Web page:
"I have a high probability to believe that chemical weapons were used," Chairman Mike Rogers  told CNN's Wolf Blitzer. "We need that final verification, but given everything we know over the last year and a half, I would come to the conclusion that they are either positioned for use, and ready to do that, or in fact have been used." Rogers and Senator Dianne Feinstein, chairwoman of the Senate Intelligence Committee, struck ominous tones in an interview on CNN's "The Situation Room" about the possibility that Syria had crossed what President Barack Obama has said was a "red line" that could lead to the United States getting involved militarily in the conflict. Rogers' statement arrives as the specter of chemical weapons attacks in the Syrian civil war emerged Tuesday, with the government and rebels each blaming the other for using such munitions. In remarks earlier Tuesday, White House Chief of Staff Denis McDonough told Jake Tapper on CNN's "The Lead" that the president takes the issue of chemical weapons in Syria "very, very seriously." If reports of chemical warfare are substantiated, McDonough told CNN, "this is a game changer, and we'll act accordingly."

My personal opinion is that there will be no action taken even if chemical weapons are found. It would be foolish to go to war if the public will not support it. Obama's approval would drop drastically, uprisings and protests would occur. China, Iran, and Russia would get involved, possibly starting another world conflict. Not a good idea to get involved
 
 
The University of Central Florida student who planned to massacre his fellow students had ordered more than $700 worth of weapons online, including two packages of ammunition, gun shooting DVDs, and accessories for his weapons that arrived on campus after the attack had already been thwarted. The packages contained even more ammunition for the attack that former UCF student James Oliver Seevakumaran, 30, planned to carry out Monday morning shortly after midnight. He already had a handgun, assault rifle, high capacity magazines, and four homemade bombs he hoped to use on fellow students after pulling the fire alarm and forcing them into the crowded hallways, according to police. The last item on the list was "give 'em hell," but Seevakumaran killed himself before killing any fellow students, Beary said. According to cops, the former business student pulled the fire alarm shortly after midnight, causing campus police to respond to the Tower 1 residence hall. He then returned to his apartment, where he pointed a rifle at roommate Arabo Babakhani.

UCF is fortunate this did not turn out to be anything severe. The impact another mass shooting could have on the public eye is tremendous. It would have been the worst shooting ever. 500 kids, all tired and exhausted, standing out in the dark. Probable death toll, in my opinion, would have been 200 at most.
 
 
Families of victims and prosecutors were stunned as T.J. Lane, the young man who killed 1 person and wounded 4 in a school shooting in February 2012, walked in and made some astonishing gestures. He walked in for the sentencing, took off his shirt, and revealed a white t-shirt with the word KILLER written on it. During when he was given a moment to speak, he made some rude gestures and obscene comments towards the victims. He even smiled and smirked when the lead prosecutor described him as an "evil person". When the parents of the kids' lives he ruined took the stand, he just smiled and grinned at them.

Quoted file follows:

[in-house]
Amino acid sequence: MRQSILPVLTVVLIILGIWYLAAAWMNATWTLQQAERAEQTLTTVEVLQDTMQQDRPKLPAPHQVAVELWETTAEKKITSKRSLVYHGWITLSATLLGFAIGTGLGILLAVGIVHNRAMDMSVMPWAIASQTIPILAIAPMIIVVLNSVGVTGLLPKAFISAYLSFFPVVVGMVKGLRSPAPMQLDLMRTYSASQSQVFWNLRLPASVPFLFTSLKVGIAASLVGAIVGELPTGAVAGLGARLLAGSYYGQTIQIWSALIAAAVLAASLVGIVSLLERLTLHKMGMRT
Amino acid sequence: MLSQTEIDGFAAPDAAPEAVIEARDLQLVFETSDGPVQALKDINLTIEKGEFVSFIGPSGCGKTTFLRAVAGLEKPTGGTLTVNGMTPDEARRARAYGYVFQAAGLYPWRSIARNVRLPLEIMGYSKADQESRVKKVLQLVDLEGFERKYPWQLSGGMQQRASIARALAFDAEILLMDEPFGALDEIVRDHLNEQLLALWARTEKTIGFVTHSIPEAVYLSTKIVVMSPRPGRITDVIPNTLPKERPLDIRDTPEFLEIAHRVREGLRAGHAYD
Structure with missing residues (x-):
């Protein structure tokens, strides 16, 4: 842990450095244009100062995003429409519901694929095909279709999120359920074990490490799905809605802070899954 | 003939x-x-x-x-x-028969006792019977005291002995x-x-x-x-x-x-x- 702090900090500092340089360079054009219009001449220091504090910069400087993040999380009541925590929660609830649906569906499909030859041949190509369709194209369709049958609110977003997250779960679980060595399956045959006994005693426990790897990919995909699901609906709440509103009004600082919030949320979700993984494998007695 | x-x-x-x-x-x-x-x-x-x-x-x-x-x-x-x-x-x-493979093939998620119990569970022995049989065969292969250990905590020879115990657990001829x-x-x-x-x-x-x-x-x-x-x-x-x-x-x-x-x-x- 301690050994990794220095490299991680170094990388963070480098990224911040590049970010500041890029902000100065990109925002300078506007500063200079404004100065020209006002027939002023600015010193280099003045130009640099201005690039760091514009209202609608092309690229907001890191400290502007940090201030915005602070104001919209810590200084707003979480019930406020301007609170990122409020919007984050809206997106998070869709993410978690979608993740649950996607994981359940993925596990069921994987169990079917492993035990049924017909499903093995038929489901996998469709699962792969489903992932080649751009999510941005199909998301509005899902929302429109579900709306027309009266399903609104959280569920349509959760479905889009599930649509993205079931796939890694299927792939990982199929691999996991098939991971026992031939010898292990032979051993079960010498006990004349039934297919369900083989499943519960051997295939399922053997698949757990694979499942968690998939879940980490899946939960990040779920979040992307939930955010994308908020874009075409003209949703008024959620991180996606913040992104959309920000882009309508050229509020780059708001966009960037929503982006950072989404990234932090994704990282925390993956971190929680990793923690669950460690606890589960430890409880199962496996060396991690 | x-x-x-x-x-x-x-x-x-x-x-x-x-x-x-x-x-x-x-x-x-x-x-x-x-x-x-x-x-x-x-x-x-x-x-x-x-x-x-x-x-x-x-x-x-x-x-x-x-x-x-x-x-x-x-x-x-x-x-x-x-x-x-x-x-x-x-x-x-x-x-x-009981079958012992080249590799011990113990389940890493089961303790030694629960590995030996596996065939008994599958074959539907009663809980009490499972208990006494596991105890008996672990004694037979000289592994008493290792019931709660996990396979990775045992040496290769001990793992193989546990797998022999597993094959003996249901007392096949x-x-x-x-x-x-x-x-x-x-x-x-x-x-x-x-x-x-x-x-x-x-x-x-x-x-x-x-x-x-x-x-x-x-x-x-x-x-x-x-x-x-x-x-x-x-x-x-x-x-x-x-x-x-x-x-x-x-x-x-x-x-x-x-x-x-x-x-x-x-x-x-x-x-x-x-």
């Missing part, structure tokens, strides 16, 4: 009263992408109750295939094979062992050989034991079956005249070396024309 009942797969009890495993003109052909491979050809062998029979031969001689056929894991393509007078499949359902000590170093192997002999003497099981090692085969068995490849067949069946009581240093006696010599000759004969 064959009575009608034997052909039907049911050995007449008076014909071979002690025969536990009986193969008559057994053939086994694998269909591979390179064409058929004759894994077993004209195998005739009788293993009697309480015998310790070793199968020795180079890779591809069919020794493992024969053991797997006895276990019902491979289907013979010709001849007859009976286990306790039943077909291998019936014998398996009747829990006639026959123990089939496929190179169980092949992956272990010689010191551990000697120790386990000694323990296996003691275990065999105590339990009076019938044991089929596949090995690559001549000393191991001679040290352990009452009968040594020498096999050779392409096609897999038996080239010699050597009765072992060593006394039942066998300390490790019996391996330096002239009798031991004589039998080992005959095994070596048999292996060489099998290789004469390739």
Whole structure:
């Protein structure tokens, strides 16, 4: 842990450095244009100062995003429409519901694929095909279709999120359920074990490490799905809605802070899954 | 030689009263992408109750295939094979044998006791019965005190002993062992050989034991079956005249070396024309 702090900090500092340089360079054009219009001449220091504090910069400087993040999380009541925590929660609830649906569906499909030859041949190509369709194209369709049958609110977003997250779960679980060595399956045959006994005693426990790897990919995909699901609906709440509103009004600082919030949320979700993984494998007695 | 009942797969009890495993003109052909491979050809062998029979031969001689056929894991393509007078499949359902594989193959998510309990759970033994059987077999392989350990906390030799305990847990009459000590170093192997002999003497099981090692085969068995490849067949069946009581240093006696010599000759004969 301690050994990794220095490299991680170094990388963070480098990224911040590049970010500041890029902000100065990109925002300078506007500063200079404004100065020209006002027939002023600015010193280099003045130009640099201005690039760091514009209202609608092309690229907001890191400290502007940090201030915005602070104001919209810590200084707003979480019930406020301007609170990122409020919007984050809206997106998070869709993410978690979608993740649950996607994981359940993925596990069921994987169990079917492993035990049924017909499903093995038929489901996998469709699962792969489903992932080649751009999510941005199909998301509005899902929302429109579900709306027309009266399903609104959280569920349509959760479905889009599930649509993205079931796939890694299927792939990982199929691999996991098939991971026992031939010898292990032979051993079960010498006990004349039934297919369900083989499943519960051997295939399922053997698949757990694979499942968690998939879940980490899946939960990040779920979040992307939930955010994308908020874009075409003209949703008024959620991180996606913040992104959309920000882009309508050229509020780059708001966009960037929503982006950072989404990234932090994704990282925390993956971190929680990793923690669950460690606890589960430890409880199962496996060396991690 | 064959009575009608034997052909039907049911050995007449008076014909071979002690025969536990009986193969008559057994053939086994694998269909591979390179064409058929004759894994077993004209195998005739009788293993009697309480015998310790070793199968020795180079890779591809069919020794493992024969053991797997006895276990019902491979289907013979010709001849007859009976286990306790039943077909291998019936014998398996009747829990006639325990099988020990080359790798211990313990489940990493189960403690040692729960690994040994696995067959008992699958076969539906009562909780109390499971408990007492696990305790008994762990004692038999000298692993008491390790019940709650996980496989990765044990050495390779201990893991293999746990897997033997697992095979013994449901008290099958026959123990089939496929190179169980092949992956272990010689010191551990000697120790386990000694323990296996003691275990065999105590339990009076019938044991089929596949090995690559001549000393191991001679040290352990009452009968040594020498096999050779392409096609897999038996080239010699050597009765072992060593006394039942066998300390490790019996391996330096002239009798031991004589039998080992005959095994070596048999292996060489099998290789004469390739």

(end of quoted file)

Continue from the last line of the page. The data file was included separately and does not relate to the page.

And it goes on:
While i was unable to find an exact copy of his statement, at the end of his rant, he said "f*** all of you" and gave them the finger.

This kid is a clear psychopath and deserved life in prison, without parole. He got what he deserved. He will have a fun time in prison. I have watched many documentaries on prison life, and every inmate will go after and try to assault a person who either raped, beat, or murdered a child. He will have a rough road ahead of him, if he is not stabbed in prison in a few years
 
 
Cuban President Raul Castro said he will leave office in 2018 after being reelected for another five years. He made a speech a last year that said presidents should be limited to two years in office. The man tapped for the vice-president's position is supposedly the successor to Raul Castro. Miguel Diaz-Canel Bermudez is the first member of the generation after the Cuban revolution to reach the top positions held by old military commanders. Diaz-Canel headed a pro-government delegation to a conference in Venezuela. In his acceptance speech, he quoted his older brother. "Revolution is the sense of the historical moment, to change everything that must change. It is equality and freedom. It is to treat and treat others as human beings. It is to emancipate ourselves with our own efforts. It is to defy powerful forces in and out of the social and national context..."

This will be an interesting couple of years to see what develops in Cuba. If there is any sign of dissent in Diaz-Canel, there could be real trouble. Also, if Hugo Chavez dies before Castro leaves office, there could be some major policy changes for the socialist nation. Diaz-Canel will have some large shoes to fill and he will have to negotiate with the top military leaders, who led during the Revolution.